We were greatly impressed by those outcomes, as were our IT department colleagues. If it were put into practice it would significantly reduce the unnecessary burden of transferred data being generated by these forms. In fact, the results were so good that we almost immediately decided to implement the technology in the data collection system of the Bank of Russia.
That was an endeavour that took us approximately nine months as we developed and adjusted our XBRL engine (you can see the roadmap in my slides). While initial work was based on the xBRL-CSV Candidate Recommendation, we have continued to review it as the specification has evolved to reach its final stage. Another important improvement in our system was to increase file size limits. We now have two separate, parallel options for filers that allow them to submit using ether traditional XBRL or xBRL-CSV. Importantly, in either case files are being successfully validated and transferred to our data warehouses.
We carried out pilot data collection using the new system at the beginning of 2021. The results with real-world data were quite not as impressive, achieving a 15-fold reduction in file size, but still very positive. We have also started to explore theoretical ideas that in some cases we might be able to achieve substantially greater reductions.
We hope that the system will be relatively futureproof, and we have increased the size constraint on zip files from around 2 GB to 5+ GB. Given that XBRL is usually archived with very high compression rates of over 95%, that gives us good assurance that as we switch to more and more granular data we will still have headroom available without needing to upgrade every year. Right now we are looking into receiving additional granular data for insurance markets, and while we have not estimated the volume it could be considerable.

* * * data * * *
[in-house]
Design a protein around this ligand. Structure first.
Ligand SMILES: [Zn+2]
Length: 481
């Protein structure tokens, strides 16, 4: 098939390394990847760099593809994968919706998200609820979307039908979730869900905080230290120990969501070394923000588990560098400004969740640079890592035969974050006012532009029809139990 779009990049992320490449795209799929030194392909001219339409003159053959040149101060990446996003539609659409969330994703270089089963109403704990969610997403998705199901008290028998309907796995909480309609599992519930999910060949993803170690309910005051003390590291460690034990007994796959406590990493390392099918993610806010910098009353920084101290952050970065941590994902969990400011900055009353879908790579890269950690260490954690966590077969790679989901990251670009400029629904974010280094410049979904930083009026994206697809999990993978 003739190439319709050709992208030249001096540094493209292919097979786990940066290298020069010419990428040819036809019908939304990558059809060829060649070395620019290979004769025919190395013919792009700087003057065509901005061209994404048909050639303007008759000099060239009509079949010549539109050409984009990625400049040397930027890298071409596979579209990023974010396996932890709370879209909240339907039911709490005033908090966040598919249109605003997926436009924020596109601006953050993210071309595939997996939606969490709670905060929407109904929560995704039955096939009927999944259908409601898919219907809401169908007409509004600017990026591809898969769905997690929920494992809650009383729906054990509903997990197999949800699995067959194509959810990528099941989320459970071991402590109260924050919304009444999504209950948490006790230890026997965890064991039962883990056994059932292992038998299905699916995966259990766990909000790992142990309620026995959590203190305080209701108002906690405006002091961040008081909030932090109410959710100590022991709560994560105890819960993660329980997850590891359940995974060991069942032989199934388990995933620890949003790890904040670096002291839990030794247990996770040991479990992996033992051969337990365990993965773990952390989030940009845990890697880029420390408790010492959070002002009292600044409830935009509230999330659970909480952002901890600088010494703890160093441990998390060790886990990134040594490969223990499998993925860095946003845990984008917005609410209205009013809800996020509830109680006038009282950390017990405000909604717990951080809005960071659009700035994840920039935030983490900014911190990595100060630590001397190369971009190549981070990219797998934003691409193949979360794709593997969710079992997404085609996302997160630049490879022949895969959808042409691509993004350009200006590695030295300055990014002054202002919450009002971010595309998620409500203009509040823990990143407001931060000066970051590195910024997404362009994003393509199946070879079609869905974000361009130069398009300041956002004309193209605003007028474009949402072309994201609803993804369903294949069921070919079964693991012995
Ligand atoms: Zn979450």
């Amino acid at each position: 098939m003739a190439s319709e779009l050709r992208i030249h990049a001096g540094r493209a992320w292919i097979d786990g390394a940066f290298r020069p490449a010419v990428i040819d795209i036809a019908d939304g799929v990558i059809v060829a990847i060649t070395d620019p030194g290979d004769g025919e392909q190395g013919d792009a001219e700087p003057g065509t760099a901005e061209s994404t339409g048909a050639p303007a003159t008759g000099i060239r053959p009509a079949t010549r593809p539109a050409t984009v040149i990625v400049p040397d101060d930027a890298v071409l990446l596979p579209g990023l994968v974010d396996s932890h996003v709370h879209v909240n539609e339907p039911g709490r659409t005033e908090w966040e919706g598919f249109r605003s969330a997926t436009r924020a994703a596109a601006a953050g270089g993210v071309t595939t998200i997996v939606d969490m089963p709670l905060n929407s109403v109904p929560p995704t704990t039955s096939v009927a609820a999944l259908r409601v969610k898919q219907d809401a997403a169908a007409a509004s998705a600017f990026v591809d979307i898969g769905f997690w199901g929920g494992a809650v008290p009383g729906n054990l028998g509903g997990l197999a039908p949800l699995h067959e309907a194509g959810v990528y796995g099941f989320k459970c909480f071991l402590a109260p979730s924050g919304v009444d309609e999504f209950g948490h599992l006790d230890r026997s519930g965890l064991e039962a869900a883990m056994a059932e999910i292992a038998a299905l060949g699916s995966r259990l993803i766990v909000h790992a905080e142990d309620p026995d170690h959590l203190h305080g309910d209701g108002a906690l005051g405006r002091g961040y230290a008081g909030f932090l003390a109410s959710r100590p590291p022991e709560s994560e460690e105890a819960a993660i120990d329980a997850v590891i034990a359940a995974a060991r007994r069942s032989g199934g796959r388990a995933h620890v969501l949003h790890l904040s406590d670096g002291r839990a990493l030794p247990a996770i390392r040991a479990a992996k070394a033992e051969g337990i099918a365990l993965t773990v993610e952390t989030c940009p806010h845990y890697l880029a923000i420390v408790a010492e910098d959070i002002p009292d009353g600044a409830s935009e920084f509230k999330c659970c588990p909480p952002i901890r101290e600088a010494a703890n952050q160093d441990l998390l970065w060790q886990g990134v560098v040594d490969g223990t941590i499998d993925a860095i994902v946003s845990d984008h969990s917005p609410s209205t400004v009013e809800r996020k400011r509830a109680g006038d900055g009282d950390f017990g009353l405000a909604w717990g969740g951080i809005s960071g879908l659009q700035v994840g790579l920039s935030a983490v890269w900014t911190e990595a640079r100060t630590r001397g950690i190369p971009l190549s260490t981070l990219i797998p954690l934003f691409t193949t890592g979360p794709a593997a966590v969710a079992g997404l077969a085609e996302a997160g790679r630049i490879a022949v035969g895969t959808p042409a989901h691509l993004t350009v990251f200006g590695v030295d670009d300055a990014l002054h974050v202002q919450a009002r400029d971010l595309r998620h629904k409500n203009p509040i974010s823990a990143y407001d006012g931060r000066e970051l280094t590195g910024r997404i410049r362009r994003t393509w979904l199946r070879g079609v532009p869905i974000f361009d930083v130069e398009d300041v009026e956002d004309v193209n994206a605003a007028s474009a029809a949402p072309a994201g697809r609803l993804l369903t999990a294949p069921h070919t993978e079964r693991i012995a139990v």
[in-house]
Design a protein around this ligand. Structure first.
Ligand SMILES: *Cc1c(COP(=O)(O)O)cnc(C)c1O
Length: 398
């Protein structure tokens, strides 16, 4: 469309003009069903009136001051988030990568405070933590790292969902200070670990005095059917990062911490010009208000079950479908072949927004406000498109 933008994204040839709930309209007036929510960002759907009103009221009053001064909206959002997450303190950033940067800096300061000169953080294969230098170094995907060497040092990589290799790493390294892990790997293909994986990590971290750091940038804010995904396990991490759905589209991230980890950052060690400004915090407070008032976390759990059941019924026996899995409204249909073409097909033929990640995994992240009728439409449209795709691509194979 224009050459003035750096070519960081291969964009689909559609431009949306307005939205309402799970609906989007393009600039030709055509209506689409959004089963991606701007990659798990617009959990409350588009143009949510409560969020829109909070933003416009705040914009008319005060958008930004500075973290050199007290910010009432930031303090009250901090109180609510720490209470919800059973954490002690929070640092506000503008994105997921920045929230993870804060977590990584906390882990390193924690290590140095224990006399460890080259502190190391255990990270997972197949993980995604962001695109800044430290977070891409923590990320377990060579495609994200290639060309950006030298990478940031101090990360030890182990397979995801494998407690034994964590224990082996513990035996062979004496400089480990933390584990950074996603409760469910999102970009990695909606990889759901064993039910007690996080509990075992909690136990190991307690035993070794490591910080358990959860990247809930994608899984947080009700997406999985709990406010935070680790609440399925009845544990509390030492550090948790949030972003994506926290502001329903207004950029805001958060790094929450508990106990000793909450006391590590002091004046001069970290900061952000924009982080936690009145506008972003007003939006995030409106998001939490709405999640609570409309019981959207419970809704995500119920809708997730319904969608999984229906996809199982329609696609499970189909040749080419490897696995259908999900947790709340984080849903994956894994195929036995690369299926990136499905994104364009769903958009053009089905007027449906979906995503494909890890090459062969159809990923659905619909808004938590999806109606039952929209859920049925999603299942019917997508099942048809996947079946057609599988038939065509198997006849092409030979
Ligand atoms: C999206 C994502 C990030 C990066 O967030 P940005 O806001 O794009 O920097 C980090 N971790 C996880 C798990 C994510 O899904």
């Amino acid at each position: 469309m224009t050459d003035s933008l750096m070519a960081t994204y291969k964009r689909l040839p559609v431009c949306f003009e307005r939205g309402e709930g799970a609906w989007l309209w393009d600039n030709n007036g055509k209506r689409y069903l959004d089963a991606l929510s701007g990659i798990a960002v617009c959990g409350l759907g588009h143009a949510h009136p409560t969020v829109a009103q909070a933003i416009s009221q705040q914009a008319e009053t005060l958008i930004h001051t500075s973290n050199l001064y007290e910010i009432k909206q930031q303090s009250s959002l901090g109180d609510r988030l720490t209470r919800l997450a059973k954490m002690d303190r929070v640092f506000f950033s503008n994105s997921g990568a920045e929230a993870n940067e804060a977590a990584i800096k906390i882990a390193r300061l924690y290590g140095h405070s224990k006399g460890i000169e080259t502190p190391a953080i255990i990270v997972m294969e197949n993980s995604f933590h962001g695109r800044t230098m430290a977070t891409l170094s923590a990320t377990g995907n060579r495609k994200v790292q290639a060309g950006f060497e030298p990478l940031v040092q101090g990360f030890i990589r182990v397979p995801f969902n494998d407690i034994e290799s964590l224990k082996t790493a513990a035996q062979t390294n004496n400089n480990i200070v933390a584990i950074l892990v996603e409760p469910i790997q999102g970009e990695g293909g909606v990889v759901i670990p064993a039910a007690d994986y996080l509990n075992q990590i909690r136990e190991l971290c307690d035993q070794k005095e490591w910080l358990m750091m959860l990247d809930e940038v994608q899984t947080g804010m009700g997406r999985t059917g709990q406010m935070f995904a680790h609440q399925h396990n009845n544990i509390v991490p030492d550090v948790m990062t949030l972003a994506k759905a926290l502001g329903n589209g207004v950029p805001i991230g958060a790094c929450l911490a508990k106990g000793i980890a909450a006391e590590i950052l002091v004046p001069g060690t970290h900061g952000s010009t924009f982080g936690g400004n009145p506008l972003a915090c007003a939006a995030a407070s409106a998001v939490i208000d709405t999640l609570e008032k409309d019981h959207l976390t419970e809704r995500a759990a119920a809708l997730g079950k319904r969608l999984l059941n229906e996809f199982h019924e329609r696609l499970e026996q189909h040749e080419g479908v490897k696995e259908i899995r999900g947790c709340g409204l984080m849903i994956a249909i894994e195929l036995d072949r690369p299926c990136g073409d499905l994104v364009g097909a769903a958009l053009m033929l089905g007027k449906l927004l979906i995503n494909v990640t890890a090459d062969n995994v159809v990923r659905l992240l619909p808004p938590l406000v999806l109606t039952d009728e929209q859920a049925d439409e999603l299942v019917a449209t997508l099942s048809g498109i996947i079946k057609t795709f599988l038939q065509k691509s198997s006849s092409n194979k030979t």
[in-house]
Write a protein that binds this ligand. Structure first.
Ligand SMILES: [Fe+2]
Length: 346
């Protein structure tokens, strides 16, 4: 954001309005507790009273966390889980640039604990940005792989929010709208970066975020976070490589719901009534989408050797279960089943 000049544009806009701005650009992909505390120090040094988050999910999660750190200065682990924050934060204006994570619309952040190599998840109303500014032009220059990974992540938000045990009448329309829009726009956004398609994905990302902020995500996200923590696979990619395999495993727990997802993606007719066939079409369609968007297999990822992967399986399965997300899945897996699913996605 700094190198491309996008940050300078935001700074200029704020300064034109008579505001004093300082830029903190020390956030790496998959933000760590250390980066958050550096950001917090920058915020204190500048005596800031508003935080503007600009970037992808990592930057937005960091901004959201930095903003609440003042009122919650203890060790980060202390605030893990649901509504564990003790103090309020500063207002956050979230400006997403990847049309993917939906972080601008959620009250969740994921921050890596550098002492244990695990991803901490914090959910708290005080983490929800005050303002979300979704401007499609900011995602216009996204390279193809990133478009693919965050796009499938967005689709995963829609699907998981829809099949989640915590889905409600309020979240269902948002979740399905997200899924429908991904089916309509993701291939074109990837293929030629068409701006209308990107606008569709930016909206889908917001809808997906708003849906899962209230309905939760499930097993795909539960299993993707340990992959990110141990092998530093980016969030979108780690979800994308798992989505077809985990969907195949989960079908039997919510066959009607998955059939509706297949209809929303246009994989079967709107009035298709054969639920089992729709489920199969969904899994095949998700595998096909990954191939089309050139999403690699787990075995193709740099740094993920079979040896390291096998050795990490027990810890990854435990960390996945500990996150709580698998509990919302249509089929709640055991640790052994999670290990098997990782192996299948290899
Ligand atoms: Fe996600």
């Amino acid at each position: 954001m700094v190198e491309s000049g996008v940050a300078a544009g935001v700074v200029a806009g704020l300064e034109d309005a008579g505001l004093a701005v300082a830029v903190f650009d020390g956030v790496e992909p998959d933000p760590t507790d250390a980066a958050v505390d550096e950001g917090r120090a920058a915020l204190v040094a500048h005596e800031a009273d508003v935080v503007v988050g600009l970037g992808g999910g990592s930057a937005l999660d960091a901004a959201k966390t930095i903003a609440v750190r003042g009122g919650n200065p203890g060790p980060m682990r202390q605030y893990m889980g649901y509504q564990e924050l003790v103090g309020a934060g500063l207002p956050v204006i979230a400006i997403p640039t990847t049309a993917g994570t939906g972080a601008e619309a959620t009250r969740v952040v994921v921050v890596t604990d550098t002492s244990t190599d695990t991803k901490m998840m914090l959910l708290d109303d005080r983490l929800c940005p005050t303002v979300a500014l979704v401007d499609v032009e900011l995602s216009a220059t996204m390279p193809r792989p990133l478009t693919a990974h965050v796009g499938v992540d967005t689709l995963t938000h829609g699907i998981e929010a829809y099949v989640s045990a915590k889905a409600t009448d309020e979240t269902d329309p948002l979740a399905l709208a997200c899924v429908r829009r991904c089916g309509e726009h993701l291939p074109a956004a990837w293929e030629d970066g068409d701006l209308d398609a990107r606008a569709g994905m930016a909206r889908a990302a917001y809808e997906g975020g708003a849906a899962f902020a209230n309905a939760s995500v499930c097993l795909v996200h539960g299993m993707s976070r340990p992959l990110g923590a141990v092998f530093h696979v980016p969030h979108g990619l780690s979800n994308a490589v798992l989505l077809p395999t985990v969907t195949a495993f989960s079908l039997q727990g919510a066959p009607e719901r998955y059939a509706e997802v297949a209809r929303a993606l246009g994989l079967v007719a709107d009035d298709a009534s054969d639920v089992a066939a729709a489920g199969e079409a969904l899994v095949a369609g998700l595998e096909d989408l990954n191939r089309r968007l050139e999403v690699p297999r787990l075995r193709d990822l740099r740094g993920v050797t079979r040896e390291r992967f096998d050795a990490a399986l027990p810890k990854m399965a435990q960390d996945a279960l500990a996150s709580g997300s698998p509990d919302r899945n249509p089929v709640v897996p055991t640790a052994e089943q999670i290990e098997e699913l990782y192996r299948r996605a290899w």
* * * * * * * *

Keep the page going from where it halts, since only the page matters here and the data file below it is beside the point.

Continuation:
One other important part of the rollout was to issue training materials for IT vendors. This supported certain upgrades in regulated companies’ in IT systems required for the switch to xBRL-CSV.
A (first) drop in the ocean
While we have embraced granular data collection, it’s fair to say that the development remains largely unnoticed as yet. That is because only around 3-5 companies currently produce these huge files. The vast majority of the data we collect today is not granular, and traditional XBRL works well for most reporting. So why did we go through with this project for the sake of a very small quantity of regulated companies?
The answer, of course, is that we are not stopping here with the current achievements of the project, and I believe that our new xBRL-CSV capacity will be very valuable to us in the future. Our need for granular data is only likely to grow in the future, and we are even now discussing implementation of granular data collection for insurance companies and expansion for securities market participants and pension funds.
We are proud to be among the first regulators to deploy xBRL-CSV, and we are very grateful to for all the help of Fujitsu, XBRL International and the XBRL community. In fact, we even took Data Amplified as our springboard to officially launch the new framework with the publication of guidance documents on the Bank of Russia website. We’re looking forward to analysing our first filings and bringing you the next chapter in the story.